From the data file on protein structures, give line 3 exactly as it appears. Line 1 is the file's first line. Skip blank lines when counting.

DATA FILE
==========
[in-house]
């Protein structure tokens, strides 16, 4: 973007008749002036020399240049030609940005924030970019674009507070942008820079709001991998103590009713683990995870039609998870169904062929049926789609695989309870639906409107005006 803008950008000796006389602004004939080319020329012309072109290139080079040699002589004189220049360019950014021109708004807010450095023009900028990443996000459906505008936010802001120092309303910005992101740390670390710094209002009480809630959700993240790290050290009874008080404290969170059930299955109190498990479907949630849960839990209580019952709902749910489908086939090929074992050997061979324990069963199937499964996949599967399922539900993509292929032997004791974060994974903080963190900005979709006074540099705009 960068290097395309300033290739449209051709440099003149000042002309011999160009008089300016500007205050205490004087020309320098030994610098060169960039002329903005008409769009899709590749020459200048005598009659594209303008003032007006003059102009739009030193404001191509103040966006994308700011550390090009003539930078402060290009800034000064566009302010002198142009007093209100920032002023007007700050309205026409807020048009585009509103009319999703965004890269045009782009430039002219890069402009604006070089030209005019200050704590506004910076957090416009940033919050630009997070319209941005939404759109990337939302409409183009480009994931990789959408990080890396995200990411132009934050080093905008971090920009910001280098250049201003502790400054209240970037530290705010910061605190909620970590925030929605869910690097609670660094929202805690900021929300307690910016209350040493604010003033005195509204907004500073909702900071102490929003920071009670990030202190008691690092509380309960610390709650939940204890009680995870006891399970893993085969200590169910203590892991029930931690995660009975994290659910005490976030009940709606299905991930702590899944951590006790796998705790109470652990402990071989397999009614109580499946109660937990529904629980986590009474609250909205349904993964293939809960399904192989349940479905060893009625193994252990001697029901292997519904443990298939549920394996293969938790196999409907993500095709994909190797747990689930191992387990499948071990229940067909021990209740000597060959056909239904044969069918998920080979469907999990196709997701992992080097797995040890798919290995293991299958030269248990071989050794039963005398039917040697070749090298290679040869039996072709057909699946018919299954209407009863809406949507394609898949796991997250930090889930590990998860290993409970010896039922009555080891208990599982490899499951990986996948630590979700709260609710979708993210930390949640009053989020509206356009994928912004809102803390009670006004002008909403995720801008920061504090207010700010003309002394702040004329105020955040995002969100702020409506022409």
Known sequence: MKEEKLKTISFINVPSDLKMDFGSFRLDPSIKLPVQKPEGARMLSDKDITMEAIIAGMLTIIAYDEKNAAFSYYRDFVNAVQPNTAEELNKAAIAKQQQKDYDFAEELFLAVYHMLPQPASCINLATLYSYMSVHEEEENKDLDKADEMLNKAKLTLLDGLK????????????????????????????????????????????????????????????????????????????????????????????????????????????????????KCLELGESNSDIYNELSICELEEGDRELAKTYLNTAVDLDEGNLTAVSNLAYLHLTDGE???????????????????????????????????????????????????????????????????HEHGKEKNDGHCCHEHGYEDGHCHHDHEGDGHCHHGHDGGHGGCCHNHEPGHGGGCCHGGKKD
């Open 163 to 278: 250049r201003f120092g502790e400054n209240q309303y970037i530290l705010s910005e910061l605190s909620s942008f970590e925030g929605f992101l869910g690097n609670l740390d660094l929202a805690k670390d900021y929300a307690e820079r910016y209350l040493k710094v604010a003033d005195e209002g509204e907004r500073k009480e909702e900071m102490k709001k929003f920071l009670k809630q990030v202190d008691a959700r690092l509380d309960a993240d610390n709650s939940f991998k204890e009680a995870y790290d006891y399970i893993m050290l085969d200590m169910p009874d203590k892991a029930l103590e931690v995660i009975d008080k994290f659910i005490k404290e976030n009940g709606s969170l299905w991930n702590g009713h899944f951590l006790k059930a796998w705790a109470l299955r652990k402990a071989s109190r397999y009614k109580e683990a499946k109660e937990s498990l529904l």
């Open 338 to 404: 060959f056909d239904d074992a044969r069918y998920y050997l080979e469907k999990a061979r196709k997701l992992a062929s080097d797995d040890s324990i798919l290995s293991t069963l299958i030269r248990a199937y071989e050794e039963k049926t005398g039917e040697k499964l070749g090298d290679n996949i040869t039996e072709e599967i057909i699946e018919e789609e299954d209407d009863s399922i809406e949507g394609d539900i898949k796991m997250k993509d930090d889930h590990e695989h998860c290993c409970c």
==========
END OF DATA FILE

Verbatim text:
Known sequence: MKEEKLKTISFINVPSDLKMDFGSFRLDPSIKLPVQKPEGARMLSDKDITMEAIIAGMLTIIAYDEKNAAFSYYRDFVNAVQPNTAEELNKAAIAKQQQKDYDFAEELFLAVYHMLPQPASCINLATLYSYMSVHEEEENKDLDKADEMLNKAKLTLLDGLK????????????????????????????????????????????????????????????????????????????????????????????????????????????????????KCLELGESNSDIYNELSICELEEGDRELAKTYLNTAVDLDEGNLTAVSNLAYLHLTDGE???????????????????????????????????????????????????????????????????HEHGKEKNDGHCCHEHGYEDGHCHHDHEGDGHCHHGHDGGHGGCCHNHEPGHGGGCCHGGKKD